The award season kicks into high gear this weekend courtesy of a slew of prominent releases. Yet amidst Spielberg’s Cold War thriller Bridge of Spies, Guillermo Del Toro’s gothic ghost story-romance Crimson Peak, and Brie Larson’s imprisoned-mother drama Room, one film is looking to make its mark as both an Academy Award contender and—more importantly—as a pioneer charting a brave new course for cinematic exhibition.
That film is Beasts of No Nation, an adaptation of Uzodinma Iweala’s 2005 novel from director Cary Joji Fukunaga (True Detective, Jane Eyre) about the experiences of a young boy who loses his family to his West African country’s civil war, and winds up as a child soldier in a ruthless commander’s rebel battalion. A rousing hit on the festival circuit, Fukunaga’s latest is also the first original theatrical release by Netflix, which will premiere the film on select screens today, the very same day it will become available on the giant’s streaming service. A risky proposition, it’s a dual-platform approach that functions as the biggest salvo so far in a burgeoning battle between the old world and the new.
The reasoning behind this strategy is simple: In an on-demand landscape increasingly cluttered with competitors (Hulu, Amazon Prime, HBO Go, etc.), Netflix believes that original content will be the key differentiator. While developing proprietary TV shows like House of Cards, Orange Is the New Black and Wet Hot American Summer: First Day of Camp factors into that plan, a film like Beasts goes a giant step further, since Netflix views it as a potential player come Oscar night. If true, that would put Netflix on a pedestal high above its rivals, and transform the service into perhaps the premier one-stop-shopping entertainment destination.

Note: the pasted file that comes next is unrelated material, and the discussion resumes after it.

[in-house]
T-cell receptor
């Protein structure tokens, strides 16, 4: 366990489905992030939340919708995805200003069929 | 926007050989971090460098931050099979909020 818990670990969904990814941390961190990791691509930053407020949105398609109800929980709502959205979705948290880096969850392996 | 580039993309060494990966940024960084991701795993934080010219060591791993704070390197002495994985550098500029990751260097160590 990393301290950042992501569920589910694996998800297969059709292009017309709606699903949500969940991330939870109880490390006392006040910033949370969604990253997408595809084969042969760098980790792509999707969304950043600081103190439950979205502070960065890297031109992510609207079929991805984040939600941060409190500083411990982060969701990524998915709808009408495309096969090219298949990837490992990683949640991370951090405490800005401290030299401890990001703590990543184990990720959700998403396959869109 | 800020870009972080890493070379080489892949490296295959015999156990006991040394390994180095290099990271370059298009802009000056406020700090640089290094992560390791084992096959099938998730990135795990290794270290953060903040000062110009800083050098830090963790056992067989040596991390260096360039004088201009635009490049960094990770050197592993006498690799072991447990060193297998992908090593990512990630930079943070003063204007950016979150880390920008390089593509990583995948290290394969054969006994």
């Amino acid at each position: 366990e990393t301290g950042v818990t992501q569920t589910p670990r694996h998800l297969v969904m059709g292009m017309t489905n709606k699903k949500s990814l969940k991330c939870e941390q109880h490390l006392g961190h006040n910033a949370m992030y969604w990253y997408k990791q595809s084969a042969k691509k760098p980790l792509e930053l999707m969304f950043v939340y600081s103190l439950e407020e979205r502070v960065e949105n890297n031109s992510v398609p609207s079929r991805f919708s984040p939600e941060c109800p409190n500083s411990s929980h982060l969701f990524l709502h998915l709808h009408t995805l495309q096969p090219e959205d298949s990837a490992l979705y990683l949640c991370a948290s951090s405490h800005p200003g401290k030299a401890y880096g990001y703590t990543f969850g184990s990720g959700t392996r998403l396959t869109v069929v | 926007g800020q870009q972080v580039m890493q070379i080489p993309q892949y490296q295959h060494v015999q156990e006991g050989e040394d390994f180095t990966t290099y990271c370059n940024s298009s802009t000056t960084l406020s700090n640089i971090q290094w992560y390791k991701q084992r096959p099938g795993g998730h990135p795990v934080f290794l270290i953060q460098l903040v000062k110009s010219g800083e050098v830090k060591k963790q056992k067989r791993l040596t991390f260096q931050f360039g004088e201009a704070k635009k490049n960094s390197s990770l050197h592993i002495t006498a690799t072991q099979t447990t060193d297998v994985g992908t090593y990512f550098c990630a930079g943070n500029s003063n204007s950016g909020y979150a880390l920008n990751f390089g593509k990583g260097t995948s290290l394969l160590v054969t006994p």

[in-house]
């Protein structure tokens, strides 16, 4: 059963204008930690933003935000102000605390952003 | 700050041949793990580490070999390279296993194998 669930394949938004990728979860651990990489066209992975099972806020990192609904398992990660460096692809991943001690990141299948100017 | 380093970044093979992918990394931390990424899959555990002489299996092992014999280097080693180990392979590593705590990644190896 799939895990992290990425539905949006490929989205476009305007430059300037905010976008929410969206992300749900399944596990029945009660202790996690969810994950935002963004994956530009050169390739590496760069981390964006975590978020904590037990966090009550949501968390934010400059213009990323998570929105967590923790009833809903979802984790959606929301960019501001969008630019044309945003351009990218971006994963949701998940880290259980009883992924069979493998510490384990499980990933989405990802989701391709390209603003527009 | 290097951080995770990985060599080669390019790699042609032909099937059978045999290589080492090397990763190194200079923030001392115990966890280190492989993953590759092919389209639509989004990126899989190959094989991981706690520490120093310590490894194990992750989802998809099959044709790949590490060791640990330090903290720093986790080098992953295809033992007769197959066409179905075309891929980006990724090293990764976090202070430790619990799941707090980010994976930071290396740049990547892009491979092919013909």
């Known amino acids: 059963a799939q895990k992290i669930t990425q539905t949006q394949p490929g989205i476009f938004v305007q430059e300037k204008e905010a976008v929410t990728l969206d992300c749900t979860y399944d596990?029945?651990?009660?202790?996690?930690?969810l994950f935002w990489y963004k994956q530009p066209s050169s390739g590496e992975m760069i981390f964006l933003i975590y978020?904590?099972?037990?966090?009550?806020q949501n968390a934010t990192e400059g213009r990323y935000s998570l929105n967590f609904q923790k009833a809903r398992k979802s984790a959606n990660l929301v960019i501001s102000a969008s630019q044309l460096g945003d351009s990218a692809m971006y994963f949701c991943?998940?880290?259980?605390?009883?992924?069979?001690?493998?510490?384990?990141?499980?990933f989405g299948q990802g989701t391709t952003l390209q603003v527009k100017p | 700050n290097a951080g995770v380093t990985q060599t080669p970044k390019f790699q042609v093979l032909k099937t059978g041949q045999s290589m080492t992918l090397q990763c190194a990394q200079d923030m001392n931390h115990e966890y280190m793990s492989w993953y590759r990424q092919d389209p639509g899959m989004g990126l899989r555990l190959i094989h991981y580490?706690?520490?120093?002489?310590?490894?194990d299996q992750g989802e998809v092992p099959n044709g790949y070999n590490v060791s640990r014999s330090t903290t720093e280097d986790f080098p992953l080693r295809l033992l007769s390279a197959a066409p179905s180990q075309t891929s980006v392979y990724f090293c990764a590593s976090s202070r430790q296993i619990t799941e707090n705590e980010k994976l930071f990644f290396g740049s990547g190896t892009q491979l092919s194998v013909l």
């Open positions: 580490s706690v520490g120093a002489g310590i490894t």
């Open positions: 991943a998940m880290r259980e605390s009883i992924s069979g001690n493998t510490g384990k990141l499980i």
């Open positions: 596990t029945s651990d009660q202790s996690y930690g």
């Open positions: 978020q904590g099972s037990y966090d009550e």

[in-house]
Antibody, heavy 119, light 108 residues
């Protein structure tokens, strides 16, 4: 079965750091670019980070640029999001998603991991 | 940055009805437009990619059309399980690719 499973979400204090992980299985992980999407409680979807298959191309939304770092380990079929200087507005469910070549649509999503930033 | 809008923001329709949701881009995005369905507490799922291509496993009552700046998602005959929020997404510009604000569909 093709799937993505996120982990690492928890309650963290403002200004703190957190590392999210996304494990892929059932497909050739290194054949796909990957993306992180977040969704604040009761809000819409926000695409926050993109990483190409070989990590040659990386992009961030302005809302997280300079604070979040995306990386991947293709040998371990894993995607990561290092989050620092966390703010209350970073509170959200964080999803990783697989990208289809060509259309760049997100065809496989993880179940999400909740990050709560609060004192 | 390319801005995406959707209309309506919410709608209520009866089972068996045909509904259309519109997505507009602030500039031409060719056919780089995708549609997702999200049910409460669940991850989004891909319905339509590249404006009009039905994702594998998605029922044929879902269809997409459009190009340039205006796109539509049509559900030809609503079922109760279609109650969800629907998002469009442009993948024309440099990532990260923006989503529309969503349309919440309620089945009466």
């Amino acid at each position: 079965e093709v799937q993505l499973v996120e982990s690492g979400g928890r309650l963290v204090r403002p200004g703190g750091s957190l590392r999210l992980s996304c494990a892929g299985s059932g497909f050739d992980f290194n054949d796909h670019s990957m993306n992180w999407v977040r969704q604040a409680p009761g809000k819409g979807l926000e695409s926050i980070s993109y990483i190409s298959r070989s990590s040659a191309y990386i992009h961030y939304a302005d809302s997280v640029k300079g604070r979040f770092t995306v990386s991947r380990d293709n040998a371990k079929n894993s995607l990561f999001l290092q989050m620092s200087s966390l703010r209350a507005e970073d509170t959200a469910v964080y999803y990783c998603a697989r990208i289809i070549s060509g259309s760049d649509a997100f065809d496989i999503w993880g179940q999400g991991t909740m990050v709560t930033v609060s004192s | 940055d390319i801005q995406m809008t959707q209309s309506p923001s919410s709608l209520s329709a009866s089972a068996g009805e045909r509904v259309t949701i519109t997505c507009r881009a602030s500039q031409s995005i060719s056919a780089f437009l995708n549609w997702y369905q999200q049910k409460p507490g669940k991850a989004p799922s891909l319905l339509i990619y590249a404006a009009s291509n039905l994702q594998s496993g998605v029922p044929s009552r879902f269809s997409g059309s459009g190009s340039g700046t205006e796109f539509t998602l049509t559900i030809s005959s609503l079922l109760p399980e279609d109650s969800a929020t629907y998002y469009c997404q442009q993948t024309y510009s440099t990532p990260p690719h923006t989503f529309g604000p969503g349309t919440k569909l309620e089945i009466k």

And the company is going all-in on this gamble, lining up a slew of similar exclusive productions that it will either debut simultaneously in theaters and online—such as the controversy-embroiled Adam Sandler comedy The Ridiculous Six slated for December, and the Brad Pitt Afghanistan-set satire War Machine scheduled for late next year—or only on its site (most promisingly, 2016’s original Pee-Wee Herman feature from Paul Reubens).
In theory, this sounds like a win-win for consumers, who will have multiple venues through which to access eagerly anticipated big-budget movies. But for Netflix, it remains unclear if this path leads to a brighter future, or a dead end. The company purchased the rights to Beasts in March for a staggering $12 million, assuming that it could recoup such a cost from a combination of ticket sales and new subscriptions. Yet that assumption was immediately complicated by the country’s four biggest theater chains (AMC, Regal, Cinemark, and Carmike), which in May uniformly decided that they wouldn’t show Beasts.
With theaters coveting their exclusive windows to show first-run films before they hit home video platforms—a brief period of time that shrinks with every passing year—it’s no surprise that exhibitor conglomerates would balk at Netflix’s tactic, given that it will inevitably help render going out to the movies a superfluous (and experience-wise, superior) luxury.